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That's [one of] the major flaws in the whole "Occupy <foo>" charade. Just because some guy on Wall Street (or even a firm on Wall Street) makes a gazillion bucks doesn't mean they got there by screwing someone else. Much of the money on Wall Street is "our" money - my 401k, your pension, her retirement, whatever. "Bringing down the fatcats" won't accomplish anything good. They're the wrong target.

 

JMHO.

Well said. Sums it up nicely.

 

Really?

 

How does a guy on Wall Street make a gazillion bucks without taking it out of someone else's pocket?* That is precisely the Wall Street business model.

 

I think it's interesting that the very same who bitch and moan about the taxes that they pay for public infrastructure and public services defend the taxes that they pay to Wall Street on virtually every single transaction they make.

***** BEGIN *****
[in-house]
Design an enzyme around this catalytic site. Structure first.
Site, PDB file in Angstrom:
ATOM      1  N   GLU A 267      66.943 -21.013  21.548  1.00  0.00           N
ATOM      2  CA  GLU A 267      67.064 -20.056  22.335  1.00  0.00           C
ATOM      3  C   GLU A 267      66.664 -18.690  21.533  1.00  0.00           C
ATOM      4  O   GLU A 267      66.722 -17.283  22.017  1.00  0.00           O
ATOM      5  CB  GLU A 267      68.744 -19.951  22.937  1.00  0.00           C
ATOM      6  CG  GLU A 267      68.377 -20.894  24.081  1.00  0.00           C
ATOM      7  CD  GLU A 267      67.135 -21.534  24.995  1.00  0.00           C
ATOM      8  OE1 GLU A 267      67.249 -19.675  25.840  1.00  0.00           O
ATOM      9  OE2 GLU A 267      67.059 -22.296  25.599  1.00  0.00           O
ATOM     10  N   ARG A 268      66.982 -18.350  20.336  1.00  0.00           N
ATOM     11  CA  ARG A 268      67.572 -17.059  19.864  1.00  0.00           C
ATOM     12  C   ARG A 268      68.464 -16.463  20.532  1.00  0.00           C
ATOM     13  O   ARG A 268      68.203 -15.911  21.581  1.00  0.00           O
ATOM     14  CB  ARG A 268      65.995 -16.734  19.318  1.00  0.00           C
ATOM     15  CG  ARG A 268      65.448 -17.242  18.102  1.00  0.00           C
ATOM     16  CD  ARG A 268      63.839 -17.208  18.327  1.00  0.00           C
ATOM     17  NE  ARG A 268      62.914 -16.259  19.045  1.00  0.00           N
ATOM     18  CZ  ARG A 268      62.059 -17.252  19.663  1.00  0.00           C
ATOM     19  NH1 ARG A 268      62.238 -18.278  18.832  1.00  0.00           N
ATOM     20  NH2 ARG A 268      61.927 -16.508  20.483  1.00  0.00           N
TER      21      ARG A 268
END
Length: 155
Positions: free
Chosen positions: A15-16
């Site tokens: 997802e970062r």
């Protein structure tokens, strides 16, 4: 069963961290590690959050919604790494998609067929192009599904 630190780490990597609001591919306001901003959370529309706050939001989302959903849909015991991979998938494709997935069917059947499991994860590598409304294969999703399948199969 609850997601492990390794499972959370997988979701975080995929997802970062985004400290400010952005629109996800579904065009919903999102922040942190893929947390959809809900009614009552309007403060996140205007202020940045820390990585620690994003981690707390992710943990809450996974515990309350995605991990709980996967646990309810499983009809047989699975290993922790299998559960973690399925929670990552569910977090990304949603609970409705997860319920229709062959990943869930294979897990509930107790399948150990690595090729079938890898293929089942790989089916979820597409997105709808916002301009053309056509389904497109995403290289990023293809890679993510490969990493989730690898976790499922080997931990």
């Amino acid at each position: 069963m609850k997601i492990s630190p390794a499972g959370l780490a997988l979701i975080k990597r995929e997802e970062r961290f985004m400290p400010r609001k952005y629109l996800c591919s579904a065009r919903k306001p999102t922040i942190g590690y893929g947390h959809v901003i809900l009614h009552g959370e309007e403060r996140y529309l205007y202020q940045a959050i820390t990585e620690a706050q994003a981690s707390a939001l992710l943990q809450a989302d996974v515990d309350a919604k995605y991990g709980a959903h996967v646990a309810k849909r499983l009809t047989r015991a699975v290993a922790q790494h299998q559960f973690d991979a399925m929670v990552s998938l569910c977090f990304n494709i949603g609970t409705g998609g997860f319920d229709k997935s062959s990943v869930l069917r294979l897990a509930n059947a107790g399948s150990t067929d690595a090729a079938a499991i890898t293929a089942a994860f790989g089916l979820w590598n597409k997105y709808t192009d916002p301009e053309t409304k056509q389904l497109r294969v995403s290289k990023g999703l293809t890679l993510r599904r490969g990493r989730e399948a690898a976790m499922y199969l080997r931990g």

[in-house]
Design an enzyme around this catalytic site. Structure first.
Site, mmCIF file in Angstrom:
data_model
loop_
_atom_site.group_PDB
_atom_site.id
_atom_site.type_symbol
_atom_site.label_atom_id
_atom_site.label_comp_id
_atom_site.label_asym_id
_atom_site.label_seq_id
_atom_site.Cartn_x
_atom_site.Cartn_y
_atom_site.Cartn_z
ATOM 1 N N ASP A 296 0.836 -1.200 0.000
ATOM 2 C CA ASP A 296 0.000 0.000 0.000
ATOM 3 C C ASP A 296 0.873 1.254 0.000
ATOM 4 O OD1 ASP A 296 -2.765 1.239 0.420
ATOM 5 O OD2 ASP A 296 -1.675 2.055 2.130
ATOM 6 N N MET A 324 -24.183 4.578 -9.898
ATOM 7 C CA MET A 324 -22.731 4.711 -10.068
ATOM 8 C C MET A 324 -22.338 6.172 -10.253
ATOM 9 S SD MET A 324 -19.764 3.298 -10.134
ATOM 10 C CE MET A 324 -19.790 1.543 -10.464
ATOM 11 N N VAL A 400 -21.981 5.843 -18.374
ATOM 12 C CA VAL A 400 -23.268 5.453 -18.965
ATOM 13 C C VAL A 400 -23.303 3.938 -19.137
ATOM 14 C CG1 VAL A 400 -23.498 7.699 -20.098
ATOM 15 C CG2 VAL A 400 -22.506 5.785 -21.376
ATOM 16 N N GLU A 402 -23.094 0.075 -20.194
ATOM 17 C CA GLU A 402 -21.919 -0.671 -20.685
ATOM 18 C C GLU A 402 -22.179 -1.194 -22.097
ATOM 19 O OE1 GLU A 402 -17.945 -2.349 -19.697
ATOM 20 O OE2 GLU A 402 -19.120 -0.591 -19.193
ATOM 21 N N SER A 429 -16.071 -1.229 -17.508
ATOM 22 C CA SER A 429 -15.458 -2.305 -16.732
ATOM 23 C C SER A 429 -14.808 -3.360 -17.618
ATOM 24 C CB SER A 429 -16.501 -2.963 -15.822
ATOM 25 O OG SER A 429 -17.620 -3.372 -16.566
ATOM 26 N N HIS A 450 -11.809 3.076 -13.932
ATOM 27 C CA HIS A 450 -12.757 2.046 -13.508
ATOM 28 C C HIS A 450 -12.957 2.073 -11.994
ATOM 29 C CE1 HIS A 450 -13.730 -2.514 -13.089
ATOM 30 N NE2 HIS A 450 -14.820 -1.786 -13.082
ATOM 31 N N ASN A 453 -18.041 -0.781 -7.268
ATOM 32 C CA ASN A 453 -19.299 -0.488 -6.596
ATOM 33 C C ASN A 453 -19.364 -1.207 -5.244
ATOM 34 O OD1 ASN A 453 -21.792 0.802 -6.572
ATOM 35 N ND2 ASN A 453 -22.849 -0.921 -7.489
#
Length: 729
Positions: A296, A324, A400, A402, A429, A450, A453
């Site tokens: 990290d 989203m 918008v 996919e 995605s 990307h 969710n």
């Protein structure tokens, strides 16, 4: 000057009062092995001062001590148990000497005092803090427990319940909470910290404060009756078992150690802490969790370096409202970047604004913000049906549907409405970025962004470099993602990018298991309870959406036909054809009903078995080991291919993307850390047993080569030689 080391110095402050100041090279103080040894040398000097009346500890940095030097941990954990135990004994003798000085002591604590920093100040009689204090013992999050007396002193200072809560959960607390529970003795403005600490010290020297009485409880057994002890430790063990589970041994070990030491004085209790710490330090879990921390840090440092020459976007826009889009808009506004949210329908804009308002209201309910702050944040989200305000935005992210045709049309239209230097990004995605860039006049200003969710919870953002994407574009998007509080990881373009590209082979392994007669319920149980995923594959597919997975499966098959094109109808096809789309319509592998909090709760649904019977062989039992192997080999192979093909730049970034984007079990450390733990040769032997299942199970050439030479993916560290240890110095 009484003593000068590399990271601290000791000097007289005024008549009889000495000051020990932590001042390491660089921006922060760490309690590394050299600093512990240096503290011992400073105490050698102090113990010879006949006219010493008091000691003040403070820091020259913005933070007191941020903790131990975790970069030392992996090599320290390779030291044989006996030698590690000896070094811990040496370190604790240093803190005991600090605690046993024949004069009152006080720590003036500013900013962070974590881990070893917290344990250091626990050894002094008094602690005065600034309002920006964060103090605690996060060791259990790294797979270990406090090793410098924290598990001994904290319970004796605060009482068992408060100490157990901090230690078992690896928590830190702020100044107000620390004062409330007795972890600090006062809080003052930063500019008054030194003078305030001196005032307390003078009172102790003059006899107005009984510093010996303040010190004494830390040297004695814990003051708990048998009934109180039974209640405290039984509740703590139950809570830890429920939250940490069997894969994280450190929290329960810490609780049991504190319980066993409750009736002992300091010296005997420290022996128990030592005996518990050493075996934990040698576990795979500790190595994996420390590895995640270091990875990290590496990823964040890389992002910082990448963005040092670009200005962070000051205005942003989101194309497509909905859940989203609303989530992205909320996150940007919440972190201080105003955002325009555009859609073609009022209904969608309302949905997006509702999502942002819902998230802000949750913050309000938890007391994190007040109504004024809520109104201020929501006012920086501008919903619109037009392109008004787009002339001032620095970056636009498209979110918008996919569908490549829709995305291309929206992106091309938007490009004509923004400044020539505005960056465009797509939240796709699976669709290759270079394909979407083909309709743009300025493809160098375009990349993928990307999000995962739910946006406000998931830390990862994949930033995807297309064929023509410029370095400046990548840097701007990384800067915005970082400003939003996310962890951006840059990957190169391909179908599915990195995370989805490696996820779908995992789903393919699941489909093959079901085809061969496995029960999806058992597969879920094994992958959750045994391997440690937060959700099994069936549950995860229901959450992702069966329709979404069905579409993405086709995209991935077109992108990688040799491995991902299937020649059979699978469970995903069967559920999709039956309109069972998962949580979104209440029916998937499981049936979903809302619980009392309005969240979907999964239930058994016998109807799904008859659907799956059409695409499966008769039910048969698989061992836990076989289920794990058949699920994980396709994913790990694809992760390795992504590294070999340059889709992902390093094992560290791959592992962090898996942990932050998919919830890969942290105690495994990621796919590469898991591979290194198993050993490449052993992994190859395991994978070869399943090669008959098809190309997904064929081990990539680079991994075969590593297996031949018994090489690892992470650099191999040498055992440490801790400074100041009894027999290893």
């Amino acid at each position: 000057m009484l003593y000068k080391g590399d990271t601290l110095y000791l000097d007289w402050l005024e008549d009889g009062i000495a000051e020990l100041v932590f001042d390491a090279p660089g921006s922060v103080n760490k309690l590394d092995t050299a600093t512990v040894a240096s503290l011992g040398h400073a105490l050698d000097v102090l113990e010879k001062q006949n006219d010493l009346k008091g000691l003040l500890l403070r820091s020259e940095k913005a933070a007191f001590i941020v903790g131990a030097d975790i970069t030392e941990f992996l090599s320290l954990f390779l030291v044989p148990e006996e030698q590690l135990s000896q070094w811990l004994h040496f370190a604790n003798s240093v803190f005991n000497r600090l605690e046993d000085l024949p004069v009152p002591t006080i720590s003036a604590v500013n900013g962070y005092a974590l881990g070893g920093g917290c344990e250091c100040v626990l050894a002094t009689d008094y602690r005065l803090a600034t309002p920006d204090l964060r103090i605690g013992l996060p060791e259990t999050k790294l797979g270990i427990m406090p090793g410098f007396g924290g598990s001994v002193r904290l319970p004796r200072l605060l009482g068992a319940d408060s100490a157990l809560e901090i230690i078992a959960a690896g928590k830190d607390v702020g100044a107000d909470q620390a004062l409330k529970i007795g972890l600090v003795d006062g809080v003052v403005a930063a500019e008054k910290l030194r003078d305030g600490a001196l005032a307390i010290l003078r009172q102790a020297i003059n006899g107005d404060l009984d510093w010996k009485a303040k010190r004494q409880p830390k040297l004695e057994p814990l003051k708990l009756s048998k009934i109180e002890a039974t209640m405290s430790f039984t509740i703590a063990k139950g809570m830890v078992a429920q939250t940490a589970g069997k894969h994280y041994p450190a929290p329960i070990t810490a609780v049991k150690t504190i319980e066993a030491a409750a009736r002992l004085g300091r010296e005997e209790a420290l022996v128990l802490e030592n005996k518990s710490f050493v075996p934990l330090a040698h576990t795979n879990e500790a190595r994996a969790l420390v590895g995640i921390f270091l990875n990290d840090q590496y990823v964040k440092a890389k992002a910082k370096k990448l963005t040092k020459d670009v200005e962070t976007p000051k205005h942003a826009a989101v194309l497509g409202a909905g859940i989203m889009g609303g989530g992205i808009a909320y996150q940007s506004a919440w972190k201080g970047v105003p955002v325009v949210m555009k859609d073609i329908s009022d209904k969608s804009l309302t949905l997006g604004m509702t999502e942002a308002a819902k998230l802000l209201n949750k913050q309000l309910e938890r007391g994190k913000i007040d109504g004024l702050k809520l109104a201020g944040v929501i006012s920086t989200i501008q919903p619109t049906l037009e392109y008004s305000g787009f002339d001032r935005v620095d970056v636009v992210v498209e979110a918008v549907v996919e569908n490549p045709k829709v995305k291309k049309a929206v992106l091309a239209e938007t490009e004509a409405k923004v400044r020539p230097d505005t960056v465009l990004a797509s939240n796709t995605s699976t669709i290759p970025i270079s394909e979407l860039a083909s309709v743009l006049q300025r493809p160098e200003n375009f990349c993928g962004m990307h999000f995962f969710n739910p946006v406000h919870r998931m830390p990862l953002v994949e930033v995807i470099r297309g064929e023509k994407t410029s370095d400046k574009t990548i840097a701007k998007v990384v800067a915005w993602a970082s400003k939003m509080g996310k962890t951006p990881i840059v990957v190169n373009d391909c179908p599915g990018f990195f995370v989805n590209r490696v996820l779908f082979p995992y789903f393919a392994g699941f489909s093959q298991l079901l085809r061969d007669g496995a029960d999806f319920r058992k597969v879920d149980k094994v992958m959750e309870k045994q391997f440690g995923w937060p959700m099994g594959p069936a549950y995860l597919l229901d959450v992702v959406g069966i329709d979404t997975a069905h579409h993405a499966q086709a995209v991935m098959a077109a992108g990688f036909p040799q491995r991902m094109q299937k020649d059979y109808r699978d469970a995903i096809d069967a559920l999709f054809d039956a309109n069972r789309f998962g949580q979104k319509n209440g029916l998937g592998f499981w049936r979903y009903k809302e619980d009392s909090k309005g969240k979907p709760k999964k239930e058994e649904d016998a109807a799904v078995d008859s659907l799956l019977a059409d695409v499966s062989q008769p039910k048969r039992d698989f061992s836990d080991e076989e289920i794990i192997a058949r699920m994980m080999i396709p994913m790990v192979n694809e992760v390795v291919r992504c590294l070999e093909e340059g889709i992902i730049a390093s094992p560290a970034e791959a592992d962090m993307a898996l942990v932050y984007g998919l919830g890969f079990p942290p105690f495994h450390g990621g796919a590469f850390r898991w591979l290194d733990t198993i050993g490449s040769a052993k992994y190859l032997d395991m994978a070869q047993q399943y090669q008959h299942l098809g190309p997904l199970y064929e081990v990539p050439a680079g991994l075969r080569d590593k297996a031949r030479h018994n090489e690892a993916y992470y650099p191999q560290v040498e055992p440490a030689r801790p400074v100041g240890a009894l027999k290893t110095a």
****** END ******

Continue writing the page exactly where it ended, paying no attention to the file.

Much of that money on Wall Street may be our money, but the Wall Street business model is to carve off as much of our money into their pockets as is possible. I don't think that we should begrudge anyone compensation for their services. However, one way they do this is by making the cost as opaque as possible so we blithely go about our lives without understanding how much money we are handing over to them. The less we understand about what we are paying, the more they can extract from us.